President Obama is defending his Medicare reforms against Republican attacks, saying he would strengthen and preserve the program while his opponents would "effectively end Medicare as we know it."
In his weekly address, the president urges Americans to remember "what's really at stake when we talk about the future of Medicare."
"It's not about overheated rhetoric at election time. It's about a promise this country made to our seniors that says if you put in a lifetime of hard work, you shouldn't lose your home or your life savings just because you get sick," he says.
Mitt Romney and running mate Paul Ryan have been attacking the president for cutting $716 billion from the popular entitlement program. "Over the last few weeks, there's been a lot of talk about Medicare, with a lot of accusations and misinformation flying around. So today I want to step back for a minute and share with you some actual facts and news about the program," Obama says.
What the Romney campaign has not mentioned is that Obama's cuts do not impact Medicare eligibility or benefits. Furthermore, the Ryan budget calls for the same cuts to Medicare that the GOP ticket is attacking the president for making in his health care bill.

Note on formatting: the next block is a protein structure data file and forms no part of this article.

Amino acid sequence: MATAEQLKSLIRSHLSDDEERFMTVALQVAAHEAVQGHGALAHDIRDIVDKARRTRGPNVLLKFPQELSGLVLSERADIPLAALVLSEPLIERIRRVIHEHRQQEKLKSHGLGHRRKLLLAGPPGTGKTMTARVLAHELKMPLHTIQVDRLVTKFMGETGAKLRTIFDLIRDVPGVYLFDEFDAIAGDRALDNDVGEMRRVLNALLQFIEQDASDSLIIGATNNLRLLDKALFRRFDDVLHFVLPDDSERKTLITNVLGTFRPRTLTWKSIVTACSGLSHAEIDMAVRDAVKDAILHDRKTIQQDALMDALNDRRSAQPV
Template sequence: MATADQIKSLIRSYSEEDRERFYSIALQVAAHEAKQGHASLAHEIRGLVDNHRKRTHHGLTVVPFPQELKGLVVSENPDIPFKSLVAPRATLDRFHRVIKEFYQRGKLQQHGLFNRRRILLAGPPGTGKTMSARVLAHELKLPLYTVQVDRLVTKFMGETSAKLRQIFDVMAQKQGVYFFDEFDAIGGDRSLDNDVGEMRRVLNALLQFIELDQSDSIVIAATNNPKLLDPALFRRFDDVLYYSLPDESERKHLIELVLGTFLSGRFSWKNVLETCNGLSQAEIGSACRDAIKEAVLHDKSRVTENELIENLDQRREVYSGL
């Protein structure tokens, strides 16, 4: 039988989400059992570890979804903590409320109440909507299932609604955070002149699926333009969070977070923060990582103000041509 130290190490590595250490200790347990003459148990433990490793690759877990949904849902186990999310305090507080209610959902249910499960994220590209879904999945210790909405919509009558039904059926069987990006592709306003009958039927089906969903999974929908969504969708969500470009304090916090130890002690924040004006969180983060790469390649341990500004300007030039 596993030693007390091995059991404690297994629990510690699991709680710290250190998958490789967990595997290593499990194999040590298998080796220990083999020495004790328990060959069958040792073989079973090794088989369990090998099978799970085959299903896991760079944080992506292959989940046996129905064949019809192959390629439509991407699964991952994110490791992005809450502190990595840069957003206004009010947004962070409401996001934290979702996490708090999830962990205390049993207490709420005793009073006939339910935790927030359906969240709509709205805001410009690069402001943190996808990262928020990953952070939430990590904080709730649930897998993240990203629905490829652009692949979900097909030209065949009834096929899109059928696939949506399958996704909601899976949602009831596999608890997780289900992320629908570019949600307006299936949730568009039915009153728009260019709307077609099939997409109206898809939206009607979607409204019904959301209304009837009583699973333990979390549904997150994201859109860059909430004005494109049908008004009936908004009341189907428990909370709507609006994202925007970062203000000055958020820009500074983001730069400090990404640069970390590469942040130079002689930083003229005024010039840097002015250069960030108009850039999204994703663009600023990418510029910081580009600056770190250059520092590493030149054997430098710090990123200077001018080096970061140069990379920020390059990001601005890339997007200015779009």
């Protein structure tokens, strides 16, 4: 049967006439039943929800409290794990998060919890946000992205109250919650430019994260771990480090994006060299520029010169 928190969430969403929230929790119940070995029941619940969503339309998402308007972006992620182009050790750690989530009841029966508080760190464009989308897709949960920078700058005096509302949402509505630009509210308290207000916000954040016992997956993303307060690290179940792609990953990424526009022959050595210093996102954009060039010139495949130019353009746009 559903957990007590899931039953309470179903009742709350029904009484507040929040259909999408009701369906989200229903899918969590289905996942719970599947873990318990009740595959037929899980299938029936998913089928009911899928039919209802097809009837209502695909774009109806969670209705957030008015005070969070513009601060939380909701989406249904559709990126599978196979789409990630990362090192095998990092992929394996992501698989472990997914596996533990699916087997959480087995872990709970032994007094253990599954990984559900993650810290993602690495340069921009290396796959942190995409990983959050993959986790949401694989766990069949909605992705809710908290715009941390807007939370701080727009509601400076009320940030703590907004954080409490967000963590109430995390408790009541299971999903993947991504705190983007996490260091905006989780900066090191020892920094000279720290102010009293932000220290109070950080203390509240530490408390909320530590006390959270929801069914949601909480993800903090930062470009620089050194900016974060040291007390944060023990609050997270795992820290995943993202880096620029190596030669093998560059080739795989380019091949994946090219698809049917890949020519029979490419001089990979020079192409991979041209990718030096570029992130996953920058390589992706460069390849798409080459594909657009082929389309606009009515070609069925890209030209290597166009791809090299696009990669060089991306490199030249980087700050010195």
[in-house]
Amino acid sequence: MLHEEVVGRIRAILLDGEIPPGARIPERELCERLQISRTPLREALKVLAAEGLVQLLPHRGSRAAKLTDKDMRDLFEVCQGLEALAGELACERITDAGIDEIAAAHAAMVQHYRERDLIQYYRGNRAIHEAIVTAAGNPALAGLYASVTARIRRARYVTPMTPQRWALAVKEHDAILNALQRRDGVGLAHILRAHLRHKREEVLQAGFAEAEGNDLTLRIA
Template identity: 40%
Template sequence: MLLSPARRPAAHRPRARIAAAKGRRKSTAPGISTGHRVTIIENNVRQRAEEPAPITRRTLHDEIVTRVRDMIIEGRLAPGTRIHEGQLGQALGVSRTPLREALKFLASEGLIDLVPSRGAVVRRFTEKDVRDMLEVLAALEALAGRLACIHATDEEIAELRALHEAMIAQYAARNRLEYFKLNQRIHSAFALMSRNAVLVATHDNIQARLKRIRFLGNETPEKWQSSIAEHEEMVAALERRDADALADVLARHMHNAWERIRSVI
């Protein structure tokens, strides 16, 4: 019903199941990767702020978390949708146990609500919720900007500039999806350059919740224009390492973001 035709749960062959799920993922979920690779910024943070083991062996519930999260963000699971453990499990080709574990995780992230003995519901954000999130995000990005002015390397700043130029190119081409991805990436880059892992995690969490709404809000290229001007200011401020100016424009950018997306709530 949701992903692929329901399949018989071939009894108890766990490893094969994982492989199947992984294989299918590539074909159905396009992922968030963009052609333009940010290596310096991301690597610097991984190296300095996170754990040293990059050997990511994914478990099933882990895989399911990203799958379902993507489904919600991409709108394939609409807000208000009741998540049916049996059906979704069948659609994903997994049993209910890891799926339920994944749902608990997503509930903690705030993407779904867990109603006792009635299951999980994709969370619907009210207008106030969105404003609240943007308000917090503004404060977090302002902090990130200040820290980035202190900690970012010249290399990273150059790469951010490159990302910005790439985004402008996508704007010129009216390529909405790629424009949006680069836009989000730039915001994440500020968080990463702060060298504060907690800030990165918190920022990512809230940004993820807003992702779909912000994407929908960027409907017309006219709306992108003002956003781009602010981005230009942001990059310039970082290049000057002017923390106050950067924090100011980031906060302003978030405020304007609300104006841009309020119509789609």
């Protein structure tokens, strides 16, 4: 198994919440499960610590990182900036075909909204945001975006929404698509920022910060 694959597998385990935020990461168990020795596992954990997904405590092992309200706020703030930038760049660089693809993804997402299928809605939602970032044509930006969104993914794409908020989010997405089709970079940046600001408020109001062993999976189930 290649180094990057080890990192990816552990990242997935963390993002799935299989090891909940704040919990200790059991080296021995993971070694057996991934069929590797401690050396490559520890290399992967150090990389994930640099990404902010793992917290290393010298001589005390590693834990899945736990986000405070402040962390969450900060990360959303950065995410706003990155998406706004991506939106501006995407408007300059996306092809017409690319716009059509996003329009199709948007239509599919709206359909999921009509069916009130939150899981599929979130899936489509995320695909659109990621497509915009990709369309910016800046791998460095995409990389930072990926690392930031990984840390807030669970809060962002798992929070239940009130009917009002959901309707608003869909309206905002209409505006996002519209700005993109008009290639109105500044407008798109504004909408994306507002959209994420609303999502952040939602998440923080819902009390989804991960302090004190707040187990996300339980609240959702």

"I've proposed reforms that will save Medicare money by getting rid of wasteful spending in the health care system and reining in insurance companies - reforms that won't touch your guaranteed Medicare benefits. Not by a single dime," he says.
Without calling out his GOP rival by name, the president says Republicans in Congress "want to turn Medicare into a voucher program."
"That means that instead of being guaranteed Medicare, seniors would get a voucher to buy insurance, but it wouldn't keep up with costs. As a result, one plan would force seniors to pay an extra $6,400 a year for the same benefits they get now. And it would effectively end Medicare as we know it," he says.
"Our seniors deserve better," Obama concludes. "I'm willing to work with anyone to keep improving the current system, but I refuse to do anything that undermines the basic idea of Medicare as a guarantee for seniors who get sick."